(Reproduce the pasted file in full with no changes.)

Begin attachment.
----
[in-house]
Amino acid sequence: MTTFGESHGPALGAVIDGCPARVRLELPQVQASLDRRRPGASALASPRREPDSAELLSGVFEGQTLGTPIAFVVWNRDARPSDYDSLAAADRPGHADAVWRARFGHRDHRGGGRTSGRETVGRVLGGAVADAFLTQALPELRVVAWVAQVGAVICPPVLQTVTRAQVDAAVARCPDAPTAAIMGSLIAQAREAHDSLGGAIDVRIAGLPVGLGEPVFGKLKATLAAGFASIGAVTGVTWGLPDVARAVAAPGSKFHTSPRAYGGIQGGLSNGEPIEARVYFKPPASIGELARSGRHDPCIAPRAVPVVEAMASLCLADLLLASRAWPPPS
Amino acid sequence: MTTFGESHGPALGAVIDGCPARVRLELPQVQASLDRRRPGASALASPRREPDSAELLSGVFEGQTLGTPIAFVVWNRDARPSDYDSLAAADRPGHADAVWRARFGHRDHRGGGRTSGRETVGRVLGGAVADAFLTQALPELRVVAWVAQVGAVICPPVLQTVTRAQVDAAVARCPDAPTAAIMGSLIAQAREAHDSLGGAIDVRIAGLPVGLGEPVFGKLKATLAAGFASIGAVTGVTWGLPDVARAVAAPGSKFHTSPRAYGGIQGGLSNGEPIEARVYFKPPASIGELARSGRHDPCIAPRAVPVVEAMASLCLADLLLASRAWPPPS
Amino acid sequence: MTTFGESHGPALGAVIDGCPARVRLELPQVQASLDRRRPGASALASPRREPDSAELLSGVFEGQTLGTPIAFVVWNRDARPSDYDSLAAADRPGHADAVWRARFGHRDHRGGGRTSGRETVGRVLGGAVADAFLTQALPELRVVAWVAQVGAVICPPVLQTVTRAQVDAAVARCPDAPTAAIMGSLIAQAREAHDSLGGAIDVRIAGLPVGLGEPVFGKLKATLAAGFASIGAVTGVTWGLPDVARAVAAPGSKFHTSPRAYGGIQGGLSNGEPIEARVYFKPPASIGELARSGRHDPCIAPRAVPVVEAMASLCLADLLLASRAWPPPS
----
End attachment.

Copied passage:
[in-house]
Amino acid sequence: MTTFGESHGPALGAVIDGCPARVRLELPQVQASLDRRRPGASALASPRREPDSAELLSGVFEGQTLGTPIAFVVWNRDARPSDYDSLAAADRPGHADAVWRARFGHRDHRGGGRTSGRETVGRVLGGAVADAFLTQALPELRVVAWVAQVGAVICPPVLQTVTRAQVDAAVARCPDAPTAAIMGSLIAQAREAHDSLGGAIDVRIAGLPVGLGEPVFGKLKATLAAGFASIGAVTGVTWGLPDVARAVAAPGSKFHTSPRAYGGIQGGLSNGEPIEARVYFKPPASIGELARSGRHDPCIAPRAVPVVEAMASLCLADLLLASRAWPPPS
Amino acid sequence: MTTFGESHGPALGAVIDGCPARVRLELPQVQASLDRRRPGASALASPRREPDSAELLSGVFEGQTLGTPIAFVVWNRDARPSDYDSLAAADRPGHADAVWRARFGHRDHRGGGRTSGRETVGRVLGGAVADAFLTQALPELRVVAWVAQVGAVICPPVLQTVTRAQVDAAVARCPDAPTAAIMGSLIAQAREAHDSLGGAIDVRIAGLPVGLGEPVFGKLKATLAAGFASIGAVTGVTWGLPDVARAVAAPGSKFHTSPRAYGGIQGGLSNGEPIEARVYFKPPASIGELARSGRHDPCIAPRAVPVVEAMASLCLADLLLASRAWPPPS
Amino acid sequence: MTTFGESHGPALGAVIDGCPARVRLELPQVQASLDRRRPGASALASPRREPDSAELLSGVFEGQTLGTPIAFVVWNRDARPSDYDSLAAADRPGHADAVWRARFGHRDHRGGGRTSGRETVGRVLGGAVADAFLTQALPELRVVAWVAQVGAVICPPVLQTVTRAQVDAAVARCPDAPTAAIMGSLIAQAREAHDSLGGAIDVRIAGLPVGLGEPVFGKLKATLAAGFASIGAVTGVTWGLPDVARAVAAPGSKFHTSPRAYGGIQGGLSNGEPIEARVYFKPPASIGELARSGRHDPCIAPRAVPVVEAMASLCLADLLLASRAWPPPS